Portrait of a Lady on Fire

Portrait of a Lady on Fire ★★★★½

Portrait of a Lady on Fire is a masterfully directed film that excels at the simplicity and raw emotion by which it tells its story. Celine Sciamma's direction is deceptively simple; the camera largely remains stationary and holds on a scene for long periods of time, but it is with how characters are framed and things are introduced into the screen that the film shines. Although things largely take place in one locations, each shot has a variety of different visuals (the beautiful beach, a dark room lit only by candlelight, the bright bedroom) so that each scene stands out. But of course, one of the best aspects of the movie is the mesmerizing performances from the two leads, Noémie Merlant and Adèle Haenel. So much of the film relies on telling its story with just a glance or meaningful look from one character to another and they both nail it.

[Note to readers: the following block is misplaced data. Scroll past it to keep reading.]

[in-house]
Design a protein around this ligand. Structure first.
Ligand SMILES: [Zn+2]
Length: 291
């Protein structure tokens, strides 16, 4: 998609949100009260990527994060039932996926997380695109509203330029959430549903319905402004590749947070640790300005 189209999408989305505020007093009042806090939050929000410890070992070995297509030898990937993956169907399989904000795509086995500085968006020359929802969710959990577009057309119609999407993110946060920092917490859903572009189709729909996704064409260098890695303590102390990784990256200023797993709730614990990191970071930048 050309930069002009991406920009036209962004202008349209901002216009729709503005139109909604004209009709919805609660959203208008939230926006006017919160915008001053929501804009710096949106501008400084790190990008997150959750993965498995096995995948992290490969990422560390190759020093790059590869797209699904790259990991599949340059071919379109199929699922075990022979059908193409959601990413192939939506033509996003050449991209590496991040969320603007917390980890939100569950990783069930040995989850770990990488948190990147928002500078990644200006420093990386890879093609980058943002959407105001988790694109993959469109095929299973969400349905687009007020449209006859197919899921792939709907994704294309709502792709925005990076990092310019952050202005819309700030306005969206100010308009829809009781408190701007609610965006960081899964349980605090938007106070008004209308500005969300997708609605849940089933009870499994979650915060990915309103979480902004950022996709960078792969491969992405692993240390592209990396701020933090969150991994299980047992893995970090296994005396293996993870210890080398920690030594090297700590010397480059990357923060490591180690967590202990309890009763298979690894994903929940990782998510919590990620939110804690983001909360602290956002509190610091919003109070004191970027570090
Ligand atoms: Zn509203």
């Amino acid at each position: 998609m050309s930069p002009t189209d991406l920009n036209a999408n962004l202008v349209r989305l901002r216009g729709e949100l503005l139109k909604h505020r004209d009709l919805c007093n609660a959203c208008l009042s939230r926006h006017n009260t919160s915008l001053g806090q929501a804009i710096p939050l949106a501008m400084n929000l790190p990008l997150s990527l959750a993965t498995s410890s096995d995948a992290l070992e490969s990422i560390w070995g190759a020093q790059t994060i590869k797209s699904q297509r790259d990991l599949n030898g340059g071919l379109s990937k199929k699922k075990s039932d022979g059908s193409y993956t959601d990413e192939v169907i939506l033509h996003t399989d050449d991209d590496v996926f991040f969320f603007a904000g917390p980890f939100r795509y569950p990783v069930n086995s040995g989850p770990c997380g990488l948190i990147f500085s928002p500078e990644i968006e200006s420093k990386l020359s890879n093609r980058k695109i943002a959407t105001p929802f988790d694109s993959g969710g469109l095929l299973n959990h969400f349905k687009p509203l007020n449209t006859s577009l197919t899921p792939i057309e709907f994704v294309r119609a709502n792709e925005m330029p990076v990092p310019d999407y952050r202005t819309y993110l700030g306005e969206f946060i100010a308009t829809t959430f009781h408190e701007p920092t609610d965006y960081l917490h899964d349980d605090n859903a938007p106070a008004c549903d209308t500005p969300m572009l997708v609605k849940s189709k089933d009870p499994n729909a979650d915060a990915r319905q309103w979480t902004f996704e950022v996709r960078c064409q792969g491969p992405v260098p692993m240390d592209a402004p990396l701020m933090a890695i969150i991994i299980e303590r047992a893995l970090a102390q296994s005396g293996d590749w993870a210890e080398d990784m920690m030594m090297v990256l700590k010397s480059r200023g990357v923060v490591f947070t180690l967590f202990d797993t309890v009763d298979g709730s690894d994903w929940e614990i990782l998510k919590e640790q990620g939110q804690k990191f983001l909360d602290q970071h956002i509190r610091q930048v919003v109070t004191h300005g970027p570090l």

The initial premise of the film is so effective at drawing me into the story; I immediately wanted to know more about the characters and why there was so much mystery about this young woman. So instead of just passively taking in exposition, I was eager to snatch up every bit of information about the characters that was provided. Wisely, the film never turns the premise into a gimmick and the story naturally progresses from there. There are multiple times where I thought the story could devolve into a bit of melodrama, but it never does thanks to the great writing of these complex characters. I really found myself wrapped up in this story and I really appreciate the thoughtful way in which it unfolds. Another thing that was done well was the use (or lack of) music; its large absence meant that anytime music was used, it is that much more impactful (there is a great scene involving an orchestra where I found myself aware that I was completely transfixed with what was happening and unable to look away). Overall, this is just an incredibly well-made film.


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